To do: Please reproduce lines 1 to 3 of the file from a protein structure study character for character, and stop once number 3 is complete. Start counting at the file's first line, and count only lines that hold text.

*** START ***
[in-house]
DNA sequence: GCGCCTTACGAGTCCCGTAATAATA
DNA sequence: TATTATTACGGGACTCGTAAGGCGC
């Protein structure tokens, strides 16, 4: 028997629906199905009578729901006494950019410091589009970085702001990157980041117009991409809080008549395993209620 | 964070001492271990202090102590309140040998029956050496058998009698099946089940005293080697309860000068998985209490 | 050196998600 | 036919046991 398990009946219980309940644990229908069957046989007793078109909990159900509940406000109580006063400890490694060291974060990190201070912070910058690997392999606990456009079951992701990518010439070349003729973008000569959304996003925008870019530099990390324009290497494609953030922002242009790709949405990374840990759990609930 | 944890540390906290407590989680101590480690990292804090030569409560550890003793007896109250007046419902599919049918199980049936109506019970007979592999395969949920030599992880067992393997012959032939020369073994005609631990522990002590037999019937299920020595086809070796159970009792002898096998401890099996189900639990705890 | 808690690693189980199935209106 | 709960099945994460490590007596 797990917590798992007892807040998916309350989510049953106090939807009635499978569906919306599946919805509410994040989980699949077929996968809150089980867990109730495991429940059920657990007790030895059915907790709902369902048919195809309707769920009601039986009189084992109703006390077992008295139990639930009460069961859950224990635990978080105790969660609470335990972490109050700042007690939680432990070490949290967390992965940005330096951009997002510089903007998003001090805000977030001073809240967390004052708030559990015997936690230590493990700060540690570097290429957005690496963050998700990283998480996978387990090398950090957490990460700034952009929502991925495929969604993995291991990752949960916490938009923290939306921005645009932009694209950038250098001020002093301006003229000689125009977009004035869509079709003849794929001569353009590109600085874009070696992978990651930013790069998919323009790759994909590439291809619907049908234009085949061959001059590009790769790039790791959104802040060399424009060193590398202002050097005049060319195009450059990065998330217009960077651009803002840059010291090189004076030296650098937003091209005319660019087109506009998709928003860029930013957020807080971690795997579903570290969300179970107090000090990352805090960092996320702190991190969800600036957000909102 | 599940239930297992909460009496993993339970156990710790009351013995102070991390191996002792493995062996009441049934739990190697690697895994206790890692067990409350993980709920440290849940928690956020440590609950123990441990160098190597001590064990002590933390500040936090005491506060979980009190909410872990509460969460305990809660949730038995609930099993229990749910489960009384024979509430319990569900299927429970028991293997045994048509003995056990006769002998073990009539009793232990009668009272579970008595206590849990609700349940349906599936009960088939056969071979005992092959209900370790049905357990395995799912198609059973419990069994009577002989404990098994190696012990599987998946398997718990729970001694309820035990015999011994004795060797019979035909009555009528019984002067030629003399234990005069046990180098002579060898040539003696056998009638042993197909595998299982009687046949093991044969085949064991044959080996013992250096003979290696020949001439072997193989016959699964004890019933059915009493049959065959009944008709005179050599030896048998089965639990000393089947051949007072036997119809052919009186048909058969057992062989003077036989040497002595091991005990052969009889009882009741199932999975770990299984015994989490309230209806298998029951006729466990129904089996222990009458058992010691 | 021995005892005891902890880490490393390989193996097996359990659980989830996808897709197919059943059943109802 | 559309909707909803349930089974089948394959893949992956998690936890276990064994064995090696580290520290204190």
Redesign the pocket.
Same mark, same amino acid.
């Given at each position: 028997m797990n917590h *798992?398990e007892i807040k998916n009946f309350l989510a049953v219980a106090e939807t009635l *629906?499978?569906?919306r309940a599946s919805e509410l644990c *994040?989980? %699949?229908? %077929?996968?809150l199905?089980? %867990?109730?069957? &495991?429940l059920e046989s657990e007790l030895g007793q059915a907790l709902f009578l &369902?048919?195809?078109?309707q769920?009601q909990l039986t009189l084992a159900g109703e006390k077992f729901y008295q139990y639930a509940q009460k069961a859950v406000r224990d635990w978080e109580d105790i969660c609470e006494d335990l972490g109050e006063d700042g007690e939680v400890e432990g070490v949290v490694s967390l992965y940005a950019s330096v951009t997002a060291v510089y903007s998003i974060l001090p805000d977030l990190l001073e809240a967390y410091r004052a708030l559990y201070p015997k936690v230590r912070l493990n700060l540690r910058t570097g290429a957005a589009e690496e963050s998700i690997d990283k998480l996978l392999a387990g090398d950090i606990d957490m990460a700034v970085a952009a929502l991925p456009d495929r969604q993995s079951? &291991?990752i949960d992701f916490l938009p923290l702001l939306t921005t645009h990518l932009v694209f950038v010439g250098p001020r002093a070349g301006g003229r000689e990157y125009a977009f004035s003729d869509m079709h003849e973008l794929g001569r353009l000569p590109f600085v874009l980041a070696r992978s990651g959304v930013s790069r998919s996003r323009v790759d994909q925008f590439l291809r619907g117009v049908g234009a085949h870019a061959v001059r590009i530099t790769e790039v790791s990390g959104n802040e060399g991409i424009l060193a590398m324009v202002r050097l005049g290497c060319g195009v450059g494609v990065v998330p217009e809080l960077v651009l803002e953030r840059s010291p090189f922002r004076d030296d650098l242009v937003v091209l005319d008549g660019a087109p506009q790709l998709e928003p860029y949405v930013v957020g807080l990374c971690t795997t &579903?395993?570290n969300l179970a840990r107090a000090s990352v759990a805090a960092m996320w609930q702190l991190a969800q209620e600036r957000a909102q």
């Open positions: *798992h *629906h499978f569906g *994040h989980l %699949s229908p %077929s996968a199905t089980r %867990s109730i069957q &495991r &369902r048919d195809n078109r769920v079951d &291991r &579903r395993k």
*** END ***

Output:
[in-house]
DNA sequence: GCGCCTTACGAGTCCCGTAATAATA
DNA sequence: TATTATTACGGGACTCGTAAGGCGC